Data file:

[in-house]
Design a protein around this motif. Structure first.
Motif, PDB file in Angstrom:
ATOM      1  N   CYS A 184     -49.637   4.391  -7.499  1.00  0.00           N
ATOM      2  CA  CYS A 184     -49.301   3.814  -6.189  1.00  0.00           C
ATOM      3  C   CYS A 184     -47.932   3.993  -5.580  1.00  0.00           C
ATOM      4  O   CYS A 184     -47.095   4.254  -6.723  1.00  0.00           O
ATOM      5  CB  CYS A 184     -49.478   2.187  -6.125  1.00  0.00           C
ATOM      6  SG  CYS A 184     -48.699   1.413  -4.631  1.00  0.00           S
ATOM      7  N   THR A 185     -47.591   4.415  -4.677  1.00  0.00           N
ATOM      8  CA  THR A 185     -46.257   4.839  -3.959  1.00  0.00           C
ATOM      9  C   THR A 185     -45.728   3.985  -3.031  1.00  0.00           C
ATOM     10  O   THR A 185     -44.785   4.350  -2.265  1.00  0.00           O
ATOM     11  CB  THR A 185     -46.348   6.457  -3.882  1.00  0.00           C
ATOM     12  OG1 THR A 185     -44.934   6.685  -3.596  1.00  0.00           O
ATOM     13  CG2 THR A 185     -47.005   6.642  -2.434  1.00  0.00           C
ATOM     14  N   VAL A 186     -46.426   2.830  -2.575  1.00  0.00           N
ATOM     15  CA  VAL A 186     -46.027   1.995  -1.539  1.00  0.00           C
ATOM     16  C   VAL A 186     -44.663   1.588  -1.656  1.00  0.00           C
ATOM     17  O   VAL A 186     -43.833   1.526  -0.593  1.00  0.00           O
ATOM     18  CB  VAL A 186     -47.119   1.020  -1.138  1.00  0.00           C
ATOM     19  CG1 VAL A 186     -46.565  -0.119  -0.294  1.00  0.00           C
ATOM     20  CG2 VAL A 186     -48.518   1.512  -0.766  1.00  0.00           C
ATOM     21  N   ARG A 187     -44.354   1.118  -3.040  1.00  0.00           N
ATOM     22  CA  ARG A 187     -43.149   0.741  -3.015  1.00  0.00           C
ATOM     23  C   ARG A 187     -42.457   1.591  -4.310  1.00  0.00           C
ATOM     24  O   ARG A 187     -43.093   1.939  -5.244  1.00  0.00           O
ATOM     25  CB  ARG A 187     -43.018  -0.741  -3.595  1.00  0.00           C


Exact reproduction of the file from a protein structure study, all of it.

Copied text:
[in-house]
Design a protein around this motif. Structure first.
Motif, PDB file in Angstrom:
ATOM      1  N   CYS A 184     -49.637   4.391  -7.499  1.00  0.00           N
ATOM      2  CA  CYS A 184     -49.301   3.814  -6.189  1.00  0.00           C
ATOM      3  C   CYS A 184     -47.932   3.993  -5.580  1.00  0.00           C
ATOM      4  O   CYS A 184     -47.095   4.254  -6.723  1.00  0.00           O
ATOM      5  CB  CYS A 184     -49.478   2.187  -6.125  1.00  0.00           C
ATOM      6  SG  CYS A 184     -48.699   1.413  -4.631  1.00  0.00           S
ATOM      7  N   THR A 185     -47.591   4.415  -4.677  1.00  0.00           N
ATOM      8  CA  THR A 185     -46.257   4.839  -3.959  1.00  0.00           C
ATOM      9  C   THR A 185     -45.728   3.985  -3.031  1.00  0.00           C
ATOM     10  O   THR A 185     -44.785   4.350  -2.265  1.00  0.00           O
ATOM     11  CB  THR A 185     -46.348   6.457  -3.882  1.00  0.00           C
ATOM     12  OG1 THR A 185     -44.934   6.685  -3.596  1.00  0.00           O
ATOM     13  CG2 THR A 185     -47.005   6.642  -2.434  1.00  0.00           C
ATOM     14  N   VAL A 186     -46.426   2.830  -2.575  1.00  0.00           N
ATOM     15  CA  VAL A 186     -46.027   1.995  -1.539  1.00  0.00           C
ATOM     16  C   VAL A 186     -44.663   1.588  -1.656  1.00  0.00           C
ATOM     17  O   VAL A 186     -43.833   1.526  -0.593  1.00  0.00           O
ATOM     18  CB  VAL A 186     -47.119   1.020  -1.138  1.00  0.00           C
ATOM     19  CG1 VAL A 186     -46.565  -0.119  -0.294  1.00  0.00           C
ATOM     20  CG2 VAL A 186     -48.518   1.512  -0.766  1.00  0.00           C
ATOM     21  N   ARG A 187     -44.354   1.118  -3.040  1.00  0.00           N
ATOM     22  CA  ARG A 187     -43.149   0.741  -3.015  1.00  0.00           C
ATOM     23  C   ARG A 187     -42.457   1.591  -4.310  1.00  0.00           C
ATOM     24  O   ARG A 187     -43.093   1.939  -5.244  1.00  0.00           O
ATOM     25  CB  ARG A 187     -43.018  -0.741  -3.595  1.00  0.00           C